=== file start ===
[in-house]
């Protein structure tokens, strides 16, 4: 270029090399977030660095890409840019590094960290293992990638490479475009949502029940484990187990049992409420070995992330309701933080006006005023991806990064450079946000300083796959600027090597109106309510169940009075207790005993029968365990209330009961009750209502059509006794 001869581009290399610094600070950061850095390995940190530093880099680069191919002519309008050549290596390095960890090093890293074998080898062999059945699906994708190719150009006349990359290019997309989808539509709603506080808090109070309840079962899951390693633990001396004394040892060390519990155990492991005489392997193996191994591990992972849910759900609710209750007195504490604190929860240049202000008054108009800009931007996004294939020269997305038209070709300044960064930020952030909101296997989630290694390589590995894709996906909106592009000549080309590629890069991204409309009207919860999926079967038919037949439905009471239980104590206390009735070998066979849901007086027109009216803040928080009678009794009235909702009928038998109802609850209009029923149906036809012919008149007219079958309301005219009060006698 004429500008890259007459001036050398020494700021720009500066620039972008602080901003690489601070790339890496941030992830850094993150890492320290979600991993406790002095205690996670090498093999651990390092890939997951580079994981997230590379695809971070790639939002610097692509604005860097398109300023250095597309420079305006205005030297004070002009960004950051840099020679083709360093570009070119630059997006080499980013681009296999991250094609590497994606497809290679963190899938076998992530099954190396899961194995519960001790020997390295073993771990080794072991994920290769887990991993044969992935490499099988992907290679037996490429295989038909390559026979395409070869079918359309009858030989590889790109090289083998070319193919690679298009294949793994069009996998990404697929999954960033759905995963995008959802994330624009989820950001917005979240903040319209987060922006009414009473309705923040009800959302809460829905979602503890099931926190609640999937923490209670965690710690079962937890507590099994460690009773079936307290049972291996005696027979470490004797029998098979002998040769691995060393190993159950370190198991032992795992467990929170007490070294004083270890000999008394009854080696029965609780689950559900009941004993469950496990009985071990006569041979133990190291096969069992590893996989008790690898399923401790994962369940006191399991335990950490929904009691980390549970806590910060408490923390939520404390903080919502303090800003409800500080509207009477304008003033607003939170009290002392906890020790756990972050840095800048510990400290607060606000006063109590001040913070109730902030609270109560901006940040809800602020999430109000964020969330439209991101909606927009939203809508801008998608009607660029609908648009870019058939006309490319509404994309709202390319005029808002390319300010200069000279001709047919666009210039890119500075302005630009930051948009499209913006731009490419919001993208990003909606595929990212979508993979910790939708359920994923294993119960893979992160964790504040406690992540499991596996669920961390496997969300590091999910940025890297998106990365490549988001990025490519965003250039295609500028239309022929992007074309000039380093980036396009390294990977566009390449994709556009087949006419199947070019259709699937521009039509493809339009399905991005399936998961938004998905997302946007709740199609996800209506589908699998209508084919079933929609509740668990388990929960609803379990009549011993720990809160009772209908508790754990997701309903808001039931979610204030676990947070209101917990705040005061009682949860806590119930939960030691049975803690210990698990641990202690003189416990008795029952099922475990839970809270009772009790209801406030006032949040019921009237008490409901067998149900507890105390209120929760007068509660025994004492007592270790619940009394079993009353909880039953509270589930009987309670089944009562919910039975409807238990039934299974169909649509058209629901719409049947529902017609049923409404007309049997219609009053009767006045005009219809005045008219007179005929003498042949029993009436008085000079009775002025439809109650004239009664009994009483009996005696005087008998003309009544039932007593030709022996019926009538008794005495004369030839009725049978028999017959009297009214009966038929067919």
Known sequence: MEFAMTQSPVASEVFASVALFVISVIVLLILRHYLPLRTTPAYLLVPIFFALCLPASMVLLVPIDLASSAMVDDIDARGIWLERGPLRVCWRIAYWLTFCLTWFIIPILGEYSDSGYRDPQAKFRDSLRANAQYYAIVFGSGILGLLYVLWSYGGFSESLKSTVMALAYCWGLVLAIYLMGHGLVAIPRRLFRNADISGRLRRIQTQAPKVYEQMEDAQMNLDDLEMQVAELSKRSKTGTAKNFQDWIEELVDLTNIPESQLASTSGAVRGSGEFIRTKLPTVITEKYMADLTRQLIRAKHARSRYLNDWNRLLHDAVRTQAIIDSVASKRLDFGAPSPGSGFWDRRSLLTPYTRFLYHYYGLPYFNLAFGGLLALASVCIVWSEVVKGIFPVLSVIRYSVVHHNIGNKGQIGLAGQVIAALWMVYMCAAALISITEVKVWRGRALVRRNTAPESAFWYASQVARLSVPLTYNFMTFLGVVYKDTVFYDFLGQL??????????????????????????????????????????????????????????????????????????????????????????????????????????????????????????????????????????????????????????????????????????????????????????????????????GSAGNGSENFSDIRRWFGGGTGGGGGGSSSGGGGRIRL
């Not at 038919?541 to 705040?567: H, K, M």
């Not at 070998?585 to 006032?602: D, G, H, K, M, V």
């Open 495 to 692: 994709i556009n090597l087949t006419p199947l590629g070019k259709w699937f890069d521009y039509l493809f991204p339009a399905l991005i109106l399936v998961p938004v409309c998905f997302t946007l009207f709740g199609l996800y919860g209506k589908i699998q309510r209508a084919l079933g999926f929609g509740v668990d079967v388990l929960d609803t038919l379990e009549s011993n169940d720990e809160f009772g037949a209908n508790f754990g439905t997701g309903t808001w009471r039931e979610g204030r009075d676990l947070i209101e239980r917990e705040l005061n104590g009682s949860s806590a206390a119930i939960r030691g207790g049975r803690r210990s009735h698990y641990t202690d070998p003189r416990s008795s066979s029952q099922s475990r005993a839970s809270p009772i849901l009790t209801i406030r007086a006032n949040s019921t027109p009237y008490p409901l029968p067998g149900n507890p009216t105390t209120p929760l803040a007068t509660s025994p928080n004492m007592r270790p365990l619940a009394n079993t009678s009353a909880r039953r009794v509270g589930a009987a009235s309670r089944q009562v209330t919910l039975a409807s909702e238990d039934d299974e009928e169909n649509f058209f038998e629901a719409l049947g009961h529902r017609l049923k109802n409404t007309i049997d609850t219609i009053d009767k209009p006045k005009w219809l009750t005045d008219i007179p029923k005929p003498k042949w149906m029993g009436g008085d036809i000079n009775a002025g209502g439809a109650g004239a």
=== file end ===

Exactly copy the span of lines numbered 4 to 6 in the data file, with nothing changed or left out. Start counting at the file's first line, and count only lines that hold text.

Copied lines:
């Not at 038919?541 to 705040?567: H, K, M």
């Not at 070998?585 to 006032?602: D, G, H, K, M, V």
């Open 495 to 692: 994709i556009n090597l087949t006419p199947l590629g070019k259709w699937f890069d521009y039509l493809f991204p339009a399905l991005i109106l399936v998961p938004v409309c998905f997302t946007l009207f709740g199609l996800y919860g209506k589908i699998q309510r209508a084919l079933g999926f929609g509740v668990d079967v388990l929960d609803t038919l379990e009549s011993n169940d720990e809160f009772g037949a209908n508790f754990g439905t997701g309903t808001w009471r039931e979610g204030r009075d676990l947070i209101e239980r917990e705040l005061n104590g009682s949860s806590a206390a119930i939960r030691g207790g049975r803690r210990s009735h698990y641990t202690d070998p003189r416990s008795s066979s029952q099922s475990r005993a839970s809270p009772i849901l009790t209801i406030r007086a006032n949040s019921t027109p009237y008490p409901l029968p067998g149900n507890p009216t105390t209120p929760l803040a007068t509660s025994p928080n004492m007592r270790p365990l619940a009394n079993t009678s009353a909880r039953r009794v509270g589930a009987a009235s309670r089944q009562v209330t919910l039975a409807s909702e238990d039934d299974e009928e169909n649509f058209f038998e629901a719409l049947g009961h529902r017609l049923k109802n409404t007309i049997d609850t219609i009053d009767k209009p006045k005009w219809l009750t005045d008219i007179p029923k005929p003498k042949w149906m029993g009436g008085d036809i000079n009775a002025g209502g439809a109650g004239a």